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“As we suffer communal trauma together, we have enormous power.”

Community leaders offer solutions, support, and hope during the Built for Zero virtual learning session.
April 17, 2020

For the past few weeks, we have been lifting up the challenges that communities have been facing during the response to COVID-19. This week, we wanted to honor the hope being offered by communities that have come together in unprecedented ways to protect people experiencing homelessness.

During a virtual convening of leaders in Built for Zero, we asked people to share one thing that they are proud of accomplishing since the pandemic began.

The Power of Partnerships

One community moved nearly 200 older and vulnerable people from shelter into hotel rooms. Shelter providers have supported each other by sharing sanitation supplies. Outreach workers have been continuing to hit the streets committed to protecting the most vulnerable people in their community, despite risks to their own health. 

Communities have ensured that people experiencing homelessness can safely access breakfast, lunch, and dinner, using innovative solutions like offering drive-through food pantry pick-up and mobile food trucks. 

This has only been possible through the efforts of partners coming together across sectors and disciplines to ensure their most vulnerable neighbors — and the community at large — is safe. 

“Right now the Department of Health, Department of Mental Health, Disaster Management, Human Services are all looking for ways to make sure the people who are most vulnerable in our communities will stay healthy,” said Mary Simons, Executive Director of Open Doors Homeless Coalition in Gulf Coast, Mississippi. 

“We have a whole group of people looking at funding sources we’ve never really had access to for this group. They are working to mitigate the vulnerabilities and ensure that the public is safe.” 

Some communities noted that the urgency of the moment has cleared the path of historical challenges to coordination.
 Federal partners noted the way that the crisis has spurred communities to come together, improve systems and work together in unprecedented ways. 

“While we’re in the middle of this, it’s hard to look at the future,” said Katy Miller, from the U.S. Interagency Council on Homelessness. “But it’s really important to take a moment to take a step back to see that systems are working better and faster. Everyone is talking and working with urgency. Once we come out of this crisis, it’s really important that the cross-sector responses continue.”

Housing is health

One person described their proudest accomplishment simply. 

“We’ve continued housing folks.”

It has become clear that housing is the best protection against COVID-19. So while cities and counties are working together in new ways, doing whatever it takes to get people into spaces for isolation or quarantine, many are understanding that housing is also a critical and permanent solution. One community said that they have doubled down on getting people into permanent housing, emptying the shelter using every penny they could raise.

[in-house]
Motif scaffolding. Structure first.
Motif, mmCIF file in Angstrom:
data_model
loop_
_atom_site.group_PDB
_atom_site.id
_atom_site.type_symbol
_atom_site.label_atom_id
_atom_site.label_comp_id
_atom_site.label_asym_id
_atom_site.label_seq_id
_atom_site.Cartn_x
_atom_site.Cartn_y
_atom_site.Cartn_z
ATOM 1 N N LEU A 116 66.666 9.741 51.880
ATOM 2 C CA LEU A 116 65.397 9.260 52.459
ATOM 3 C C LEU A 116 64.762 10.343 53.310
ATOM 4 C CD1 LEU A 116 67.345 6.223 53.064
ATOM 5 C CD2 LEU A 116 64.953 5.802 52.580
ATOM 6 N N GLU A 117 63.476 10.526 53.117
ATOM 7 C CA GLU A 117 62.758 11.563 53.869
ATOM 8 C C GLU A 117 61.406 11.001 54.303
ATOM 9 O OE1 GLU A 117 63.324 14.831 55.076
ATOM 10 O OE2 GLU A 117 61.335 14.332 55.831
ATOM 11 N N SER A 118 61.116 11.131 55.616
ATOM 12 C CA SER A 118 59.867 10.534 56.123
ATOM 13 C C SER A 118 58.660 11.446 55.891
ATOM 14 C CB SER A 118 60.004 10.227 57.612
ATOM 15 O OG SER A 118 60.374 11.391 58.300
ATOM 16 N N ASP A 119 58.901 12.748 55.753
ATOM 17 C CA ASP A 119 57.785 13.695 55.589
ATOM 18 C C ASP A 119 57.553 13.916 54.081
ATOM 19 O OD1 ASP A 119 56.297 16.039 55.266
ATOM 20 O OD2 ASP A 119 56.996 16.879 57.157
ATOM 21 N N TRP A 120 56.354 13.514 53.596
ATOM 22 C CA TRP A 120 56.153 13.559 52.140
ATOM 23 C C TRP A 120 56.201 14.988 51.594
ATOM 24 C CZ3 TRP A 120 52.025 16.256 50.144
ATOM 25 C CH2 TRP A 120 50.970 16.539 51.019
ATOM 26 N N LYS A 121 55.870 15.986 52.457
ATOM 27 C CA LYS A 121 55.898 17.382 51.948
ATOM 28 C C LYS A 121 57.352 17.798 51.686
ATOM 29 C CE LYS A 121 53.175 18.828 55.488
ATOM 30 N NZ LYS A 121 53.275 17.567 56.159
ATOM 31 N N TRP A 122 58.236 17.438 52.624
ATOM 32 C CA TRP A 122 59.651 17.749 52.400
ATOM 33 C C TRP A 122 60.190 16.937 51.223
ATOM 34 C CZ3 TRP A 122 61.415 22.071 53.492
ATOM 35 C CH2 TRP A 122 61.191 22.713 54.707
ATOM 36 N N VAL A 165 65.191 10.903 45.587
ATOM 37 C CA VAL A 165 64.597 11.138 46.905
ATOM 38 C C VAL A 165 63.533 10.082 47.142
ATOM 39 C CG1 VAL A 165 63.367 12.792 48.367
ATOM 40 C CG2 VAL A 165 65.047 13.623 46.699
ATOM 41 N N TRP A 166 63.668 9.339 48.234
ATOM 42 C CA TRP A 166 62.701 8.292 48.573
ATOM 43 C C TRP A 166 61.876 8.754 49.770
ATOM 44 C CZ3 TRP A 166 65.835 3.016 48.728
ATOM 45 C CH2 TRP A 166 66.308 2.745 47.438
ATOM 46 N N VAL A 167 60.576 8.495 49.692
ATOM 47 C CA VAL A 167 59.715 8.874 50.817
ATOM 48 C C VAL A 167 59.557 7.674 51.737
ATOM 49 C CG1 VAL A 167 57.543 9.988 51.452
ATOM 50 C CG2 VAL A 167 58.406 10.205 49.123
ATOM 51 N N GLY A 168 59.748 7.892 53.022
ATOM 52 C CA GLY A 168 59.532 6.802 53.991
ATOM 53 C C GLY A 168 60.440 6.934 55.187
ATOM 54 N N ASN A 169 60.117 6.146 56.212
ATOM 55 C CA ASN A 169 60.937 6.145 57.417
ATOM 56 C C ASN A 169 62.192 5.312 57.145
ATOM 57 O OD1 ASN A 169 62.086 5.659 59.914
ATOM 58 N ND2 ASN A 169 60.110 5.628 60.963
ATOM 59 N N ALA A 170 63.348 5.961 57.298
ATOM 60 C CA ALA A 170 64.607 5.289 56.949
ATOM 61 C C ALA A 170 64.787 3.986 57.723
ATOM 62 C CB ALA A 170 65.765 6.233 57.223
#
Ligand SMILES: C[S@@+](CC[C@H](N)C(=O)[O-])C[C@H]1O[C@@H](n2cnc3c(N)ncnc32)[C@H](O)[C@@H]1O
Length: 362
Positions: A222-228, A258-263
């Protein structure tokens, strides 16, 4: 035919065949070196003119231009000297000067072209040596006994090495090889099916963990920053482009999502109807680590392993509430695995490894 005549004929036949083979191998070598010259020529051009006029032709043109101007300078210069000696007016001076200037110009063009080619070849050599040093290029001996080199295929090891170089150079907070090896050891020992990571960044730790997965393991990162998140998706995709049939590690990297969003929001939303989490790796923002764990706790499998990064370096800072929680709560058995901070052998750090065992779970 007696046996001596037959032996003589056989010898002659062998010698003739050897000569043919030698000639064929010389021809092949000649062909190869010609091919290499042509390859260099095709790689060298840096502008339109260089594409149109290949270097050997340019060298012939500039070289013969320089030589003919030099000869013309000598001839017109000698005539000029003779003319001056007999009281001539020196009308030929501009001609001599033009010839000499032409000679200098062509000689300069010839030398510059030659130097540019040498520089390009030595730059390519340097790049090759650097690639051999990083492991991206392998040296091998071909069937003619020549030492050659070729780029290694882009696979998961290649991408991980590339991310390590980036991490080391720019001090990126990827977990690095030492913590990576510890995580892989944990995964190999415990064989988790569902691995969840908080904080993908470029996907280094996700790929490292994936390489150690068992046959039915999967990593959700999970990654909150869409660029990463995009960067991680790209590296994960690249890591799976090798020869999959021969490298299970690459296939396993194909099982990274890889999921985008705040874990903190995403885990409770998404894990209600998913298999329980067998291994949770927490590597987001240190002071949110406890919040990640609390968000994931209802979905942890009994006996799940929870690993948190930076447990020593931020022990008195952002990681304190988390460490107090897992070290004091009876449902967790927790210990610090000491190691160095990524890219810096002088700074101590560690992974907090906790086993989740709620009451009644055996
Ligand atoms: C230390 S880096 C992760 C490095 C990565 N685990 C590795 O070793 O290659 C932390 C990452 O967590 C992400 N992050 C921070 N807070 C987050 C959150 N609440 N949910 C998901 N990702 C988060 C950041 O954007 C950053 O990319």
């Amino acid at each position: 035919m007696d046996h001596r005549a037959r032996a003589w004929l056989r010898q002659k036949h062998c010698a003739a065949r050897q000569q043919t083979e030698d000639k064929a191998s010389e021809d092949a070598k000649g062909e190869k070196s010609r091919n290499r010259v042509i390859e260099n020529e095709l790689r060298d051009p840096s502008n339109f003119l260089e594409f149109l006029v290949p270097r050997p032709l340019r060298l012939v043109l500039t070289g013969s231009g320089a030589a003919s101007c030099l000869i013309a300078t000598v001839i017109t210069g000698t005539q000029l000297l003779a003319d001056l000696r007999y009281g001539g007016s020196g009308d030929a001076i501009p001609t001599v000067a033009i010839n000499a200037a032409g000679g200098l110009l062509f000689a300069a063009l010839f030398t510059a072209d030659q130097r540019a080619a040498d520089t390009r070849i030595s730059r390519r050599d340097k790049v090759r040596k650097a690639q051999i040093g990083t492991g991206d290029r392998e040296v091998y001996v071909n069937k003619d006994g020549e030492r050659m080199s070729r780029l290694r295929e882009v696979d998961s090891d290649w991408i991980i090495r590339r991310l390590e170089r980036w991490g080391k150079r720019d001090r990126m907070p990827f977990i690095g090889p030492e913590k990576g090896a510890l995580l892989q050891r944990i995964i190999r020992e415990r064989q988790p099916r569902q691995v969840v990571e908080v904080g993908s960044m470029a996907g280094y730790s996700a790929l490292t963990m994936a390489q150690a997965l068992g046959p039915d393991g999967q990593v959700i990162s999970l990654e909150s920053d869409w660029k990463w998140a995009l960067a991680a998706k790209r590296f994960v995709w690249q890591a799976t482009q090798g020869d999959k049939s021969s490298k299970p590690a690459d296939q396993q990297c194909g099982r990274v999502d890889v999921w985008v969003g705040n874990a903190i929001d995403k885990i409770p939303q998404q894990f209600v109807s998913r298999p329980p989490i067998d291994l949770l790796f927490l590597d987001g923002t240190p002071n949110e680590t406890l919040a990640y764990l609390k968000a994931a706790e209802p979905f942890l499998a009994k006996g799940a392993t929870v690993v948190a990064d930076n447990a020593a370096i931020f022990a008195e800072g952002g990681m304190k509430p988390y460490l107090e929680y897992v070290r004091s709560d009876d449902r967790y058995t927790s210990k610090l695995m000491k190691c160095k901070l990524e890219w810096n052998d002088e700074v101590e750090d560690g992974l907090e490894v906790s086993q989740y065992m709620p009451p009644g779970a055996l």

Simons described the unprecedented attention and action to get people experiencing homelessness to safety.

“Everyone is about getting people inside,” she said. “We know that ‘inside’ is permanent housing. Our ‘why’ is that it’s the right thing to do. Get them into permanent housing, keep them in permanent housing, and be prepared to prevent homelessness.” 

Even as communities are encountering challenges to the housing process — lack of personal protective equipment to protect outreach staff and disruptions to inspections and housing processes — permanent housing remains the ultimate goal. 

Many communities have moved to electronic signatures for documentation and working with housing authorities to execute virtual housing inspections.

“We’ve seen a heroic and continued commitment from you to keep doing outreach and housing practices,” said Nate French, Portfolio Lead for the Built for Zero Collaborative. “Together we understand that ending homelessness is a public health response.”

“We can do impossible things.”

It is a moral and public health imperative to get people experiencing homelessness to safety, not only during the current crisis, but for all that will come. And in this moment of crisis, many communities are coming together to rise to the challenge.

“Ending homelessness is about healing deep community wounds,” said Ramina Davidson, a Built for Zero coach. “We have enormous power to heal these wounds. It sounds expansive and impossible — and it is, if we try to do this work alone. But through collaboration, we can do impossible things.”

We’ve been inspired by the problem-solving and determination of communities in the face of this crisis. 

“We’re not alone,” Davidson said. “There are allies everywhere. We’ve allied with public interest attorneys who are fighting to prevent evictions, teachers, hospitality workers. As we suffer this communal trauma together, we have enormous power.”